After a week of bombing, the aim is unchanged: Stop Serbia's onslaught against Kosovo's secession-seeking ethnic Albanians and force it to accept a United States-drafted peace plan. The means: more bombing.
But with NATO airstrikes against Yugoslavia intensifying amid fresh reports of atrocities, and new waves of terror-stricken refugees, the allies' goals seem as elusive as ever.
Yugoslav President Slobodan Milosevic remains defiant, and US officials acknowledge they failed to foresee the scale of the Serbian retribution that is driving tens of thousands of ethnic Albanians into adjacent states in Europe's worst humanitarian calamity since World War II.
"It's beyond a pace and intensity that we expected," says a senior US official of the reported executions and ethnic cleansing. "It's a calculated campaign to remove by killing or forced expulsion the population of Kosovo."
As a result, the US and its allies are now racing to save the remains of Kosovo's 2 million-strong ethnic Albanian majority and their own strategy. But there are grave questions as to whether they can succeed as the crisis spins further and faster out of control.
"We will take this day-by-day," says the senior US official. "At some point, there will be a reassessment diplomatically how far we can go with [Mr. Milosevic]."
For now, the allies vow to stick to their original strategy, saying it is beginning to have a major impact. On March 30, NATO moved from mostly night raids to around-the-clock strikes, calling in A-10 ground-attack jets and more bombers against Serbian forces in Kosovo.
The intensification came as Russian Prime Minister Yevgeny Primakov met Milosevic in Belgrade in a bid to find a diplomatic solution. The US welcomed the talks. But it insists the airstrikes would persist until Milosevic accepts a cease-fire, pulls his forces from Kosovo, and agrees to the "framework" of the so-called Rambouillet peace plan.
But other experts, including some US officials, say the crisis has deteriorated so rapidly that those aims may no longer be realistic.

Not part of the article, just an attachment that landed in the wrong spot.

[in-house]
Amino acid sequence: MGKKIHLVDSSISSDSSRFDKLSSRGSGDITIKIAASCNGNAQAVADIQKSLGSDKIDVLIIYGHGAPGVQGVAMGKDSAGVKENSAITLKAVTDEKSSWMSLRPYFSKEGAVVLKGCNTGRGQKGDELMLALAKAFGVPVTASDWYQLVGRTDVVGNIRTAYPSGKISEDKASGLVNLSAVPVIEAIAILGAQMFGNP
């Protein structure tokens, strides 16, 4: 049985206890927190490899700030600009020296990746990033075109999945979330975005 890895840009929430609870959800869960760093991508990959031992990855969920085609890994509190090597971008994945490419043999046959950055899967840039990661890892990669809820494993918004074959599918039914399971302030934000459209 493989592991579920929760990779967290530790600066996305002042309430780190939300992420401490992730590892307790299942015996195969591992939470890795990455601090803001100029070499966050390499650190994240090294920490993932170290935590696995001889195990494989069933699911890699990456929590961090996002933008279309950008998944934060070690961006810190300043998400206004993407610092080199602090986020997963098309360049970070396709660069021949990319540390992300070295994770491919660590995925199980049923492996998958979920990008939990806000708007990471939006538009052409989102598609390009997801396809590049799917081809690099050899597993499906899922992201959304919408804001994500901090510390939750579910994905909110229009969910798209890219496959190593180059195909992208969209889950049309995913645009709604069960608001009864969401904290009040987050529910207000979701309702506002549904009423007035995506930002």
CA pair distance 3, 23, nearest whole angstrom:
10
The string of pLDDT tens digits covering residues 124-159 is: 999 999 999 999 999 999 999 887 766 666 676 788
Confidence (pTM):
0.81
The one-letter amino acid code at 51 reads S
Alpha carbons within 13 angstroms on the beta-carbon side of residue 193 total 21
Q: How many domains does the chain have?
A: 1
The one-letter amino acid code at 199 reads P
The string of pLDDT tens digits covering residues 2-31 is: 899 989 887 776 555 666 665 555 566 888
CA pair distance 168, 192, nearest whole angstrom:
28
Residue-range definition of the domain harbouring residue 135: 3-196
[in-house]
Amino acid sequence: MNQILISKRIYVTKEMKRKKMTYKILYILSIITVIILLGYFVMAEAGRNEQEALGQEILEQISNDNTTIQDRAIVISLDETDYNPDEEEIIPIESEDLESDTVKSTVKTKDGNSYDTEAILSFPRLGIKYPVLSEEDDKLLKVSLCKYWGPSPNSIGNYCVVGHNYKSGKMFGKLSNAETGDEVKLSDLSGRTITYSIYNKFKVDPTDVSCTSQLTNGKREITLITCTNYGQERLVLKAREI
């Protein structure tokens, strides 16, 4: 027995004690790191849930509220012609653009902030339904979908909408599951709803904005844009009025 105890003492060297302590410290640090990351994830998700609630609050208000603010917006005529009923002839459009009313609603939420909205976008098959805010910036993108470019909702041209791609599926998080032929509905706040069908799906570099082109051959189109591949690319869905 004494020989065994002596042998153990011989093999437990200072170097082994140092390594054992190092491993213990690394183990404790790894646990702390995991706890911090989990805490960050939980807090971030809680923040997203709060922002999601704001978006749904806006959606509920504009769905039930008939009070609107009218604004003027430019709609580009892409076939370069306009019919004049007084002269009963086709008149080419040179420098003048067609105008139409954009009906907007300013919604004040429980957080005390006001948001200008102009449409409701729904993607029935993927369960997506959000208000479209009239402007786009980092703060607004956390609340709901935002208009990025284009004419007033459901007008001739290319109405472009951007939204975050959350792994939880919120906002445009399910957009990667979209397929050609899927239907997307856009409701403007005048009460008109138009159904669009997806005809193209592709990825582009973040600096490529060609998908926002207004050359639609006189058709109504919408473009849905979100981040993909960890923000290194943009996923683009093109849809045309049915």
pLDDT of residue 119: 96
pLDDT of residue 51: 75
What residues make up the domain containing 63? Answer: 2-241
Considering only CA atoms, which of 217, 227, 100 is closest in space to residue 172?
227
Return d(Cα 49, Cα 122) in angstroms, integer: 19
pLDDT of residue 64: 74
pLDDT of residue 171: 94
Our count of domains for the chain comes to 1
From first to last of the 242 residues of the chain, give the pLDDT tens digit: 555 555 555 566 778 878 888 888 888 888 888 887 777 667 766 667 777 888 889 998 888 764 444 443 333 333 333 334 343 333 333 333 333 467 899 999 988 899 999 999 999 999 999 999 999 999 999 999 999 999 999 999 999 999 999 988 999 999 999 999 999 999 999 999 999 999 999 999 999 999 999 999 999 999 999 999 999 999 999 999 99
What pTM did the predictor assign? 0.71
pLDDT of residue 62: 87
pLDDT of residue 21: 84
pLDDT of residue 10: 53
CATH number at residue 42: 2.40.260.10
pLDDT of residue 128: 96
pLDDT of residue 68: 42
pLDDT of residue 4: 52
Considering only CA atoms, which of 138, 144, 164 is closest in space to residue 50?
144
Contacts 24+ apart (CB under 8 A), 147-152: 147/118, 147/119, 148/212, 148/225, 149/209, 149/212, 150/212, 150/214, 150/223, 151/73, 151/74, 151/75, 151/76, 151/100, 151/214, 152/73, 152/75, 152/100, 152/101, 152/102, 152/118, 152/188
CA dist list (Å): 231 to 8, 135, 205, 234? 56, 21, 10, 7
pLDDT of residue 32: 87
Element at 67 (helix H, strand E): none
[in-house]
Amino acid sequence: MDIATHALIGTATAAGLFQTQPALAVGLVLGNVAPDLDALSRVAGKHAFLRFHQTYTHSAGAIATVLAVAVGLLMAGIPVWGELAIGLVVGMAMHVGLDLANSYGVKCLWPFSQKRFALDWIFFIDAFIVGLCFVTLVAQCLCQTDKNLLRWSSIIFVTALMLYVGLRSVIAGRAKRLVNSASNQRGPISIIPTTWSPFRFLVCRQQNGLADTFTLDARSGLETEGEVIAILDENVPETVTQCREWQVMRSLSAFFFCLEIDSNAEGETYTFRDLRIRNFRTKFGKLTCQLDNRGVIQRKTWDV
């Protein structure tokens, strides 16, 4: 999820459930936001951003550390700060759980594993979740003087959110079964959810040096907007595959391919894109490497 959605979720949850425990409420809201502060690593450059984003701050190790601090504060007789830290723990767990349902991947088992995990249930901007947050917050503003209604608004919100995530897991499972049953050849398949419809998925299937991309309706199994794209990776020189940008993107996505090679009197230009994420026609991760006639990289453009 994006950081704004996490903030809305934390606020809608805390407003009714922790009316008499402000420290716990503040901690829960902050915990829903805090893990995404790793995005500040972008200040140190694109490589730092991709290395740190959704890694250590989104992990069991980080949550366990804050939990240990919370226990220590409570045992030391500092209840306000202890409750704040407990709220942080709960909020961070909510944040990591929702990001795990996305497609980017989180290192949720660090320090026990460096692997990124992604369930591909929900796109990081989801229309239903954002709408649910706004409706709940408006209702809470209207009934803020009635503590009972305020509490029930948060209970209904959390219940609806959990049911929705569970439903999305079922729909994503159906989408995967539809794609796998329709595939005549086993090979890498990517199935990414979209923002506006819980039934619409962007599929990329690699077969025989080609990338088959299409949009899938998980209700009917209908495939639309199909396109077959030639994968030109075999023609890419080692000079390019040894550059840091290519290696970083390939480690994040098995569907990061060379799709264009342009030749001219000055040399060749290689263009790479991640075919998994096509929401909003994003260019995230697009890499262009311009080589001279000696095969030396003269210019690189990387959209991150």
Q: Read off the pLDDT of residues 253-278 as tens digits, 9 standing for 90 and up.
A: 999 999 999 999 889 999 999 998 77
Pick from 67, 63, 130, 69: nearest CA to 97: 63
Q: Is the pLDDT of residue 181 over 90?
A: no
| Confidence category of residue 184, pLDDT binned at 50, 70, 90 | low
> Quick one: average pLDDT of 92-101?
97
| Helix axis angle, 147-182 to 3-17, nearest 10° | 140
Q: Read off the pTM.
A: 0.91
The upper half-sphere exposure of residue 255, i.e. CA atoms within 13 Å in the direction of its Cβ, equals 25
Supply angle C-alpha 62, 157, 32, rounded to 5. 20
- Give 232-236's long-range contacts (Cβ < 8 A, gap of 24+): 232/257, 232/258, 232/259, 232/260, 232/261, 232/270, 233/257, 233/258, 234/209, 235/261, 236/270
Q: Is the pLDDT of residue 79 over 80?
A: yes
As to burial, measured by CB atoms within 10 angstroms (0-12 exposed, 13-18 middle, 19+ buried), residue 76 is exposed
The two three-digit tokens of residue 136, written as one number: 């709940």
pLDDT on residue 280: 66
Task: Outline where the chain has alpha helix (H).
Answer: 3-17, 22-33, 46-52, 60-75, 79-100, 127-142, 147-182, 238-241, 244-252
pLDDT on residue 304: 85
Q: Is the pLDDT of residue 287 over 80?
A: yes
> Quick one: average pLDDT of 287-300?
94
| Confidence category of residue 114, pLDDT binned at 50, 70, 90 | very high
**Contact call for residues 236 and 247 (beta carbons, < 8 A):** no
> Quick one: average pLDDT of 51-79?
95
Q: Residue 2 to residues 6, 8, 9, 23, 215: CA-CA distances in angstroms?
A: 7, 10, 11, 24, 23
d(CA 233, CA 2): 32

Some believe Milosevic has out-maneuvered NATO, and it is just a matter of time before President Clinton seeks the political cover he needs to halt the bombing.
"The war is over," asserts an experienced diplomatic observer of the region. "Psychologically, we will go on bombing to make a point. But in Serbian terms, the harder we hit, the greater the victory."
Others reply that the only option left for Clinton is to reconsider his refusal to deploy ground troops. "We have intervened and we must now decide what actions are necessary to succeed," says Sen. John McCain (R) of Arizona, a potential Republican presidential contender. "We are in it. Now we must win it."
Only a ground operation, he and others say, can restore to their homes the estimated 250,000 ethnic Albanians who have fled to Macedonia, Albania, and Montenegro, the tiny pro-West republic that with Serbia comprises the remnants of Yugoslavia.
Unless the expulsions end, experts warn, Kosovo's Albanians could become a stateless people in the heart of Europe, destabilizing their host governments and plunging the region into greater insecurity. "If we allow this here, what happens ... three to five years from now?" asks a NATO military source. "It's something that has to be addressed here for the entire region."
While Clinton continues discounting ground troops because of low public support, allied officials admit there are enormous hurdles to compelling Milosevic to accept the Rambouillet plan. "I can't imagine going back and pulling the text out," says a European diplomat. "How can you ask either side to make concessions at this point?"
To begin with, Milosevic's defiance of NATO has won him the acclaim of his people, who revere Kosovo as their historic heartland. The prospect of joining the ranks of Serbian leaders who have defied great powers in the past could make Milosevic even more intransigent.
Indeed, he now seems bent on pursuing a decades-old dream of Serbian ultranationalists to resolve the "Albanian question" by the forced expulsion of Kosovo's 2 million ethnic Albanians. If that is so, he no longer has any motive to accept the Rambouillet plan, which is designed to end an uprising by ethnic Albanian rebels. The plan denies them independence, but calls for restoring the autonomy the province lost in 1989 and the deployment of a NATO-led peace-keeping force.
Furthermore, the prospect of being indicted by The Hague-based international war crimes tribunal could also stiffen Milosevic's resistance.
Washington and its allies have launched a campaign of vilification against Milosevic. They accuse him of orchestrating Serbian "genocidal attacks" of executions, arson, and pillage, and penning 20,000 ethnic Albanians inside a "concentration camp" for use as human shields.
NATO said on March 30 that it had unconfirmed reports that large numbers of refugees were being shelled in a valley southeast of Pristina, the capital.
It is also doubtful that the rebel Kosovo Liberation Army will remain wedded to the Rambouillet accord as its fighters seek to avenge the destruction that has swept some 150,000 of their people from major cities and countless villages in the past five days alone.